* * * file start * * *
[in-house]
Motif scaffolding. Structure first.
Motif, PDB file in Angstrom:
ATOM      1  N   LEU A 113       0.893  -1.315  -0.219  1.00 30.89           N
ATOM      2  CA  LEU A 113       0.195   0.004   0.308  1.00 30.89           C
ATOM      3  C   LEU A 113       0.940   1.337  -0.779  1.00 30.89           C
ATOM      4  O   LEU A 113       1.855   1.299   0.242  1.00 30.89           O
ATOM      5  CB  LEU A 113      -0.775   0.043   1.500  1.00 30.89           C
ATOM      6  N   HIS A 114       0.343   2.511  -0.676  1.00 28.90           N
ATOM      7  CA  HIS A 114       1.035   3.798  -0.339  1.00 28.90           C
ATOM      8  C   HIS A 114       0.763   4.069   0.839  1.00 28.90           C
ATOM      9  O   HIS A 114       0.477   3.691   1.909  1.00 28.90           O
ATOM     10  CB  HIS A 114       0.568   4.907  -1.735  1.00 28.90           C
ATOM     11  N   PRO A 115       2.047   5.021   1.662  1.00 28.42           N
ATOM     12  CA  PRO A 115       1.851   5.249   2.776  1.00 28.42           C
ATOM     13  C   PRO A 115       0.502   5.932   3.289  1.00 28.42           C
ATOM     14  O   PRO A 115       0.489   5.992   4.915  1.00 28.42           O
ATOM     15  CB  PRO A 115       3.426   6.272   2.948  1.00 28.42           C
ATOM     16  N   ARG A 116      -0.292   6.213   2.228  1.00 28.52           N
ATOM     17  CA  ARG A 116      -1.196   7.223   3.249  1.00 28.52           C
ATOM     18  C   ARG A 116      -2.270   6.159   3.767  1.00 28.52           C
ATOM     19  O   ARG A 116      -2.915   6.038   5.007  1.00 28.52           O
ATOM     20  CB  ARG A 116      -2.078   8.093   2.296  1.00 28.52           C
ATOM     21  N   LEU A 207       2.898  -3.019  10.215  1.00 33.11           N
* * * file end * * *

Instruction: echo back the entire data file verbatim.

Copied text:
[in-house]
Motif scaffolding. Structure first.
Motif, PDB file in Angstrom:
ATOM      1  N   LEU A 113       0.893  -1.315  -0.219  1.00 30.89           N
ATOM      2  CA  LEU A 113       0.195   0.004   0.308  1.00 30.89           C
ATOM      3  C   LEU A 113       0.940   1.337  -0.779  1.00 30.89           C
ATOM      4  O   LEU A 113       1.855   1.299   0.242  1.00 30.89           O
ATOM      5  CB  LEU A 113      -0.775   0.043   1.500  1.00 30.89           C
ATOM      6  N   HIS A 114       0.343   2.511  -0.676  1.00 28.90           N
ATOM      7  CA  HIS A 114       1.035   3.798  -0.339  1.00 28.90           C
ATOM      8  C   HIS A 114       0.763   4.069   0.839  1.00 28.90           C
ATOM      9  O   HIS A 114       0.477   3.691   1.909  1.00 28.90           O
ATOM     10  CB  HIS A 114       0.568   4.907  -1.735  1.00 28.90           C
ATOM     11  N   PRO A 115       2.047   5.021   1.662  1.00 28.42           N
ATOM     12  CA  PRO A 115       1.851   5.249   2.776  1.00 28.42           C
ATOM     13  C   PRO A 115       0.502   5.932   3.289  1.00 28.42           C
ATOM     14  O   PRO A 115       0.489   5.992   4.915  1.00 28.42           O
ATOM     15  CB  PRO A 115       3.426   6.272   2.948  1.00 28.42           C
ATOM     16  N   ARG A 116      -0.292   6.213   2.228  1.00 28.52           N
ATOM     17  CA  ARG A 116      -1.196   7.223   3.249  1.00 28.52           C
ATOM     18  C   ARG A 116      -2.270   6.159   3.767  1.00 28.52           C
ATOM     19  O   ARG A 116      -2.915   6.038   5.007  1.00 28.52           O
ATOM     20  CB  ARG A 116      -2.078   8.093   2.296  1.00 28.52           C
ATOM     21  N   LEU A 207       2.898  -3.019  10.215  1.00 33.11           N